How Vivienne Westwood and the Slits changed the male face of punk

Punk’s inability to contain women, and their subsequent erasure, has been part of its hegemonic celebration by guys of a certain vintage.

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If you are a punk, or icon, or activist, it is incumbent on you to be a bit bolshy. On the evening of the global premiere at Sundance of a new film about her, Vivienne Westwood issued a statement denouncing Westwood: Punk. Icon. Activist. Well, of course she did. “The film is mediocre. Vivienne and Andreas are not,” she said. Andreas is her husband, Andreas Kronthaler. There you have it: Brand Westwood. No one does it better than the grande dame.

She let documentary maker Lorna Tucker follow her around for years, and was obviously irritated in the process, declaring in tetchy, wandering interviews that it was either “boring” or “bollocks”. Tucker followed her on a trip with Greenpeace to see how the polar caps are melting. This is Westwood’s passion now, but a lot of the film is about fashion. Andreas, the languid German husband who “lavs” everything about Vivienne, has taken over the designing while she saves the planet from fracking. And worse. Andreas is very Brüno, and at one point has a meltdown about socks. It’s all very Fashion, and one is glad that none of these exhausted, stressed people ever have to work as junior doctors or anything.

The film captures the ridiculousness of this world but also its fantastic energy. I remember Westwood shows being as exciting as boxing matches. There is a cast of strange men whose job it seems to be both to finance and contain Vivienne. She has a marvellous ability to induce chaos wherever she appears. There are some completely unnecessary vox pops, though apparently getting Kate Moss to speak is regarded as a coup in such company. But there is much old footage explaining how Westwood rocked the establishment. I am more interested in how she became it – because she did. How many Tory bosoms are upholstered in Westwood these days? The whispering V&A curator unwrapping the Destroy shirt as though it were a Dead Sea Scroll is testimony to this.

It’s the familiar ur-story of punk: the Sex shop; Vivienne as the mad queen, outrunning Malcolm McClaren intellectually, as she says; the brilliant Nineties shows reeking of sedition and decadence and delight. And now this brand is flogged worldwide: she tells a lot of bemused Asian buyers that she has nothing to show them while Andreas prowls around, his knickers showing, having some sort of hissy fit. Meanwhile, a new shop opens in Paris. How this business of consuming pricey clothes fits in with saving the planet is never quite made clear.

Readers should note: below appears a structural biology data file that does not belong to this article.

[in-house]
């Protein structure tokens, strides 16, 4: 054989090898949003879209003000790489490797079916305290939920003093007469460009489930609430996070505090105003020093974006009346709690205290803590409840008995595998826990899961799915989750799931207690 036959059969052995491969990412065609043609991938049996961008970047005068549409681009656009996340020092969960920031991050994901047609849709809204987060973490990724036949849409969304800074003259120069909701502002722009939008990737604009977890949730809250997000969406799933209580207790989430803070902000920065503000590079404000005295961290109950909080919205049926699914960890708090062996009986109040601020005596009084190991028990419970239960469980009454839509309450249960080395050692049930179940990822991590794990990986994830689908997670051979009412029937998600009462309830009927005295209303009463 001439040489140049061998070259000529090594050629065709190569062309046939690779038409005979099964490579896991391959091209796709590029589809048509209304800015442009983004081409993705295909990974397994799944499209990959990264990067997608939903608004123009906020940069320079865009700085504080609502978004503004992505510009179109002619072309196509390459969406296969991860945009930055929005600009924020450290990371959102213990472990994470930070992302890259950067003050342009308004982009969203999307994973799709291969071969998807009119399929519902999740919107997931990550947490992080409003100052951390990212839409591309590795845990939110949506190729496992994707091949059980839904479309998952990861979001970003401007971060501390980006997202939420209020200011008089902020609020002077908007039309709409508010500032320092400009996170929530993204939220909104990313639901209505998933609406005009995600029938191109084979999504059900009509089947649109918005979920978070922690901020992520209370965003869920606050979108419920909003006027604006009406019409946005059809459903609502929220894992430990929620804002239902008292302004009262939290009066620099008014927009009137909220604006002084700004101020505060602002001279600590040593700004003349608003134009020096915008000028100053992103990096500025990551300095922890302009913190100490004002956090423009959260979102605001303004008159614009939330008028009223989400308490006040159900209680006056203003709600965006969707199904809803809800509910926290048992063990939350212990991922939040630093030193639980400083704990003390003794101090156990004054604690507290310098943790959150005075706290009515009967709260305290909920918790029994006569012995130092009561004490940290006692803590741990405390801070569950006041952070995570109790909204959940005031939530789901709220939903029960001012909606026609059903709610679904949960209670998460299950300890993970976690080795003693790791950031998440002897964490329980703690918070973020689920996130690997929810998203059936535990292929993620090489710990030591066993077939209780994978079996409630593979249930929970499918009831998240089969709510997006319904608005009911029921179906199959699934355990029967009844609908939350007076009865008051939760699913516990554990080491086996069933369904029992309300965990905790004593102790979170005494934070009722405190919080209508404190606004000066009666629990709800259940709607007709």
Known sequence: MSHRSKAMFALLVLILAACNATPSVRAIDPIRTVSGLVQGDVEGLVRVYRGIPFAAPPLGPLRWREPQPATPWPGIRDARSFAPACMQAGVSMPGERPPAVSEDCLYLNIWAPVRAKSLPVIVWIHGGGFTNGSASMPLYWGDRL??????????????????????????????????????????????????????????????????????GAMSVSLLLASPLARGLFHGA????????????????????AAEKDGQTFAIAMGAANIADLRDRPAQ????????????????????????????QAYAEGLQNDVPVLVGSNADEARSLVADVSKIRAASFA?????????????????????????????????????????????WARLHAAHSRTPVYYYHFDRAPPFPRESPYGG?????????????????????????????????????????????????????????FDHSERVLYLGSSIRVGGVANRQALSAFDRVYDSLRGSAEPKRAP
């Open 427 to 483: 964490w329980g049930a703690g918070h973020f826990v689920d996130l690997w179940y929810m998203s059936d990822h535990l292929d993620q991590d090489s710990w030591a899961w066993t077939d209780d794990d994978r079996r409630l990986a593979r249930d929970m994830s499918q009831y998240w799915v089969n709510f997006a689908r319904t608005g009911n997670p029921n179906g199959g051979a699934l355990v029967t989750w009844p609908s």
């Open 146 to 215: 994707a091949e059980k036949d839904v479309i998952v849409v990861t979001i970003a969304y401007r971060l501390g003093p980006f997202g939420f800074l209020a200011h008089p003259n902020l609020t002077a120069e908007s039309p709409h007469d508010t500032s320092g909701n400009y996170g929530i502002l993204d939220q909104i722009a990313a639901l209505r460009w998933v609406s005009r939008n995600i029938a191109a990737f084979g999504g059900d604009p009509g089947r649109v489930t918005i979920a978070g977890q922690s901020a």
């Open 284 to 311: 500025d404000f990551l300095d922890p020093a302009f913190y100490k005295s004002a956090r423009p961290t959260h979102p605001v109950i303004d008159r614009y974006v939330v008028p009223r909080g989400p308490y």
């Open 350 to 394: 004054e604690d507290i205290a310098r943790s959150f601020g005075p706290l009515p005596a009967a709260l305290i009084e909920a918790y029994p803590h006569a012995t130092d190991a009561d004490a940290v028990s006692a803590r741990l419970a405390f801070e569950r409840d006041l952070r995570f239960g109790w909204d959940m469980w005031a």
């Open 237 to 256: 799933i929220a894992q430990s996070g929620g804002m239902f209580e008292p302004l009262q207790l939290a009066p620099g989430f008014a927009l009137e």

Autodidacts don’t seem to feel the need to be consistent or even coherent. Well, Vivienne doesn’t. Sure, she is a genius whose defiant little shimmy as she goes to pick up an award says something more, somehow, than this entire film manages to.

The inability of punk to contain women, and their subsequent erasure from it, has been part of the hegemonic celebration of punk by guys of a certain vintage. No wonder that Viv Albertine of the Slits “defaced” an exhibit at the British Library that spoke of the cultural legacy of the Sex Pistols, the Clash and the Buzzcocks. “What about the women!!” she scrawled: the Slits, X-Ray Spex, Siouxsie and the Banshees.

Here to be Heard: The Story of the Slits, a documentary about the first all-girl punk group will, I hope, bring these women to a new audience. The Slits remain brilliant, shocking, difficult. The idea of a gang of girls who dressed the way they did, long before there was a punk uniform, as Gina Birch of the Raincoats said, was radical in itself. Traffic stopped. Men tried to stab them. Everyone was making it up on the spot, and the same with the music. Somehow, though, Tess Pollitt, Palmolive, Viv Albertine and Ari Up did something far more interesting than the usual thrashy but conventional rock’n’roll that passed for punk. The Slits were the embodiment of the avant-garde.

I didn’t understand them at the time. I was confused by Ari Up’s “cultural appropriation”. We spoke in those terms then, too. “Why has this white girl got dreads?” we’d wonder. Now, the remaining Slits are middle-aged women – Palmolive a teacher, Viv Albertine an author, Tessa Pollitt sadly reliving the last tour with Ari Up. Ari is dead. There is a lot of footage of her, for she was always filming. She was dying from cancer that she refused to treat .

Those coming to the band for the first time won’t really know the back story of Ari, the daughter of the heiress Nora Forster. Her mother married John Lydon. Ari is the wild child, almost feral. Watching as she burns up the stage, with Neneh Cherry dancing, is truly something else. The Slits were soon pushing into reggae, dub, then free jazz, world music, playing with the Pop Group and Don Cherry. They were truly free.

There is a huge sense of loss in this movie. Ari Up has gone, that time has gone, but we can still take away this huge sense of a girl gang who could skank and swagger. They fought with each other, but they had taken on the entire world. There is still something mesmerising about these impossible women that even nostalgia struggles to control.

Westwood: Punk, Icon, Activist
dir: Lorna Tucker (15)

Here to be Heard: The Story of the Slits
dir: William E Badgley (15)

Suzanne Moore is a writer for the Guardian and the New Statesman. She writes the weekly “Telling Tales” column in the NS.

This article first appeared in the 22 March 2018 issue of the New Statesman, Easter special